BBC's Ben Fogle opens up about the loss of his son, 7 years on
His son was sadly stillborn in 2014.
Content warning: This article contains mentions of child and neonatal loss.
Ben Fogle has shared an emotional tribute to his baby son Willem on the seventh anniversary of his stillbirth.
The baby boy was tragically stillborn at 33 weeks on August 24, 2014, leaving Ben his wife Marina and their other two kids heartbroken.
Yesterday, for Willem’s anniversary, the TV star posted a picture of Marina playing with one of their dogs with a touching caption, admitting that he dreads the date each year.
"The date looms like a mighty wave that threatens to hold me under with a suffocating pain," he wrote. "It is the date we lost our son, Willem.
"It changed us forever. But then the day arrives and it isn’t so bad. We remember. We mourn. We reflect And I am reminded to be grateful for what we HAVE, not just mourn what we have lost.
"I have a beautiful, kind, loving wife and two amazing children. The anniversary always signifies sadness but it reminds me that I must be grateful and happy for what I have, not just a sadness for what I have lost.
"It nearly broke us but we are stronger. Perspective is important in life. It teaches us the values of love and family and friendship.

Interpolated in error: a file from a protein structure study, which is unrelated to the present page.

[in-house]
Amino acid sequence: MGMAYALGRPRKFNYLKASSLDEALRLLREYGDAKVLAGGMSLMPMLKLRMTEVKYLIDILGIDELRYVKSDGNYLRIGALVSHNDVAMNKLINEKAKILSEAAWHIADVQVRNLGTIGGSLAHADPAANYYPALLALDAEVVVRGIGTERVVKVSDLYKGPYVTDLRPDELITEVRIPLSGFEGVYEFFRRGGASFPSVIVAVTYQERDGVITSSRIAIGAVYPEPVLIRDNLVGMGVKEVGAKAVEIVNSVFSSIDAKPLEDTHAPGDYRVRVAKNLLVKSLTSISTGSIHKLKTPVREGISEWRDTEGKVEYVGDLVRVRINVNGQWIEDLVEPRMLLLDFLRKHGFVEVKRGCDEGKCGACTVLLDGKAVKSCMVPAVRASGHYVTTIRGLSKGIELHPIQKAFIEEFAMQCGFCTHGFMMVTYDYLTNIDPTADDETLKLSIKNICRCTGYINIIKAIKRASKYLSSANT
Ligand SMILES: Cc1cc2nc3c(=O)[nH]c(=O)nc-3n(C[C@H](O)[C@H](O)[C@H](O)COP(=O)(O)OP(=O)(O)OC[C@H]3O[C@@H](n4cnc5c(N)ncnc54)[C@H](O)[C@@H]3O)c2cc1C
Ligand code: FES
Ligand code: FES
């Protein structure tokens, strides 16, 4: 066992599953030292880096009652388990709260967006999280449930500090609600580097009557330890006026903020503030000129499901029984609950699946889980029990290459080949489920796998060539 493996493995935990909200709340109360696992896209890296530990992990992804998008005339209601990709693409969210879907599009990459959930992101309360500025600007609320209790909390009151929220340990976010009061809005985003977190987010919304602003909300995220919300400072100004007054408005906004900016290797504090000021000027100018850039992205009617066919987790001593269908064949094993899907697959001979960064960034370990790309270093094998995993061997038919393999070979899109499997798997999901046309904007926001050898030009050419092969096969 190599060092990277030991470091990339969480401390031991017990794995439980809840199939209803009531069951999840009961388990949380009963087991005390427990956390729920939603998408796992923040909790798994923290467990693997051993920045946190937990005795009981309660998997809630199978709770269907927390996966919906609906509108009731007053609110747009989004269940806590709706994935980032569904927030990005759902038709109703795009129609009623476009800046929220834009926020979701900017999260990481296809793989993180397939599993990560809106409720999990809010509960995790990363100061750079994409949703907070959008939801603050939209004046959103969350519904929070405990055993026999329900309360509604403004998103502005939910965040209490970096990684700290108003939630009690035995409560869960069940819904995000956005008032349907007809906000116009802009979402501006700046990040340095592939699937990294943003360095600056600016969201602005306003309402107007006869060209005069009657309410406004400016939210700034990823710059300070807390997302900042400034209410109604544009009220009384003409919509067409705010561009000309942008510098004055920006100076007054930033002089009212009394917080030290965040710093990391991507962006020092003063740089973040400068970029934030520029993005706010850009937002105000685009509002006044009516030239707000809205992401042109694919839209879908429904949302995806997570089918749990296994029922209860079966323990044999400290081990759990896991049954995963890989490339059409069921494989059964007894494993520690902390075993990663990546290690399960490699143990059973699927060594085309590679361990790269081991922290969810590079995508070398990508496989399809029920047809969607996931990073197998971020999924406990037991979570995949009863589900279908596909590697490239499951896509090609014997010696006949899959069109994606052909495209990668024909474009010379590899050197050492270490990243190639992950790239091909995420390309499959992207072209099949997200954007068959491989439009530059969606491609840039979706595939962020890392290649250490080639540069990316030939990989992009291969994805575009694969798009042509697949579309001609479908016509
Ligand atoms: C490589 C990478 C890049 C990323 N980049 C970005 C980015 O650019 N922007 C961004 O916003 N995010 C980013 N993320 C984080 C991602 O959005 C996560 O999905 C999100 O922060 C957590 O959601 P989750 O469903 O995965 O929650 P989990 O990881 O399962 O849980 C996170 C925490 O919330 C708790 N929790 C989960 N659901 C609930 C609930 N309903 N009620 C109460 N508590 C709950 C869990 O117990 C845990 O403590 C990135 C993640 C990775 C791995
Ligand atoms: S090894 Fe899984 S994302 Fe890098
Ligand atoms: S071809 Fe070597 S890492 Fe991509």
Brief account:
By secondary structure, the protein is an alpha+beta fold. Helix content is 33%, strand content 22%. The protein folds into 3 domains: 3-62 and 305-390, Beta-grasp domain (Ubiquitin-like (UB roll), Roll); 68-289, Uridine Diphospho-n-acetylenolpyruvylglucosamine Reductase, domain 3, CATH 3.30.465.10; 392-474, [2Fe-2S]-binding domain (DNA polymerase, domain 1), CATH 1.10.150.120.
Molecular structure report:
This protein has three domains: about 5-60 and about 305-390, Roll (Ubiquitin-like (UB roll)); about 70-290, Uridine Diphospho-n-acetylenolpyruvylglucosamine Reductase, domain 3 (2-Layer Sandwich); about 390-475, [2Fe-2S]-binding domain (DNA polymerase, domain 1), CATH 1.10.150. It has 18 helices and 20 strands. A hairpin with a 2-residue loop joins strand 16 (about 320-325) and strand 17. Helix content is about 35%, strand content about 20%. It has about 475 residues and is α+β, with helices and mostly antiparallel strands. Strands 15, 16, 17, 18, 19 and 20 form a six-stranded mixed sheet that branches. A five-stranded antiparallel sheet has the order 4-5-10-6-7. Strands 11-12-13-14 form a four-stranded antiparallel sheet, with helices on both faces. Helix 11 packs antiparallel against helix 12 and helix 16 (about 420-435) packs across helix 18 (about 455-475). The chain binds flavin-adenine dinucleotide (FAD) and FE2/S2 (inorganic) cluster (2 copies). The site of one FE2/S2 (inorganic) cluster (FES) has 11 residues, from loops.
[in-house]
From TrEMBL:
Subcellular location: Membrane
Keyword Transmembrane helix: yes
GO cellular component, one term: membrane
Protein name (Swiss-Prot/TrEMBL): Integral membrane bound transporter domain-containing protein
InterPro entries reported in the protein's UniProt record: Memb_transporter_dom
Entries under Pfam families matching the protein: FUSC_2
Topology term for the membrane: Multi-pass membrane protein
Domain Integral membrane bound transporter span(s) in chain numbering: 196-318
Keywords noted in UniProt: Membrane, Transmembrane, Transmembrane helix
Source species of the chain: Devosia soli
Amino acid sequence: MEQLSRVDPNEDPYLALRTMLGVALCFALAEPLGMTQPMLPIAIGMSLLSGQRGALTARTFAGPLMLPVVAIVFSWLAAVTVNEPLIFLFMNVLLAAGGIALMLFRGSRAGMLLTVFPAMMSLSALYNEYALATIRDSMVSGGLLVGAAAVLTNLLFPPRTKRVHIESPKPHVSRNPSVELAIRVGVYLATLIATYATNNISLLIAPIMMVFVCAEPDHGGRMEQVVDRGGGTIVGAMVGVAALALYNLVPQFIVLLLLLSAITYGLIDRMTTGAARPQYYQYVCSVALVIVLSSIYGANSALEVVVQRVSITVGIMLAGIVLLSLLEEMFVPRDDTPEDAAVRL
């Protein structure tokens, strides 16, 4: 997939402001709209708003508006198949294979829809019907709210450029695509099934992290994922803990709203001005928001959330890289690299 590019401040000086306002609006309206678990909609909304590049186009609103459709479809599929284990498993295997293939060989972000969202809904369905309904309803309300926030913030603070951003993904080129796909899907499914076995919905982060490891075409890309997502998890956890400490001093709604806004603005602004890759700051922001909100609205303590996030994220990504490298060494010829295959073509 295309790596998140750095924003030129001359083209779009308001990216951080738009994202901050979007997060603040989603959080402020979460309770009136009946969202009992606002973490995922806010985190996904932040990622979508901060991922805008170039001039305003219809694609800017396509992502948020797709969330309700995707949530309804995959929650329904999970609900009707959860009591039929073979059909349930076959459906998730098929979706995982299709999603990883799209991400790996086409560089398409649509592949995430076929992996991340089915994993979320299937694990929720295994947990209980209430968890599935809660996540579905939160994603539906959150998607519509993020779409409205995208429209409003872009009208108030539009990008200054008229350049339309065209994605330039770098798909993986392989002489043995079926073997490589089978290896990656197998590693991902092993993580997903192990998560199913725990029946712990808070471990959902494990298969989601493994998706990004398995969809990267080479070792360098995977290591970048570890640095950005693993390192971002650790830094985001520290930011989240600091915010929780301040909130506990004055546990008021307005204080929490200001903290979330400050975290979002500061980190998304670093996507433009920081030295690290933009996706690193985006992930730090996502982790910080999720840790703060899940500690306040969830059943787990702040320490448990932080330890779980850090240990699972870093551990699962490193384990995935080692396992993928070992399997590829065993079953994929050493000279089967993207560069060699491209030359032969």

"Don’t waste a single day. Don’t forget to tell those close to you how much you love them. Don’t waste a single hug or kiss. Love, peace and puppy licks," he finished.
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Ben and Marina are parents to son Ludo, 11, and daughter Iona, 10.
This isn't the first time the Animal Park star opened up about the heartbreak of losing a child.
In 2019, he wrote a letter sharing how the grief and pain of child loss is a unifying experience for any parent who goes through it.
"Black, white, rich, poor, Muslim, Christian, gay, heterosexual, it doesn’t matter who you are, the pain of losing a child is like ripping out your heart," he wrote at the time.
Wife Marina also spoke about her grief in 2018, and about the difficulty in explaining the stillbirth to the couple's son Ludo, 11, and daughter Iona, 10.
"Honesty took on a different meaning in 2014 when my son was stillborn," she told the Mail On Sunday.
"There were a lot of questions from Ludo, then aged four, and his sister Iona. I’d spent a week in intensive care, and when I feebly staggered back to the house – my skin still bearing the marks of numerous cannulas and my eyes red and puffy from tears – I felt too fragile to do anything but hug them."
For more information and support for stillbirth and neonatal grief, see Féileacáin.ie.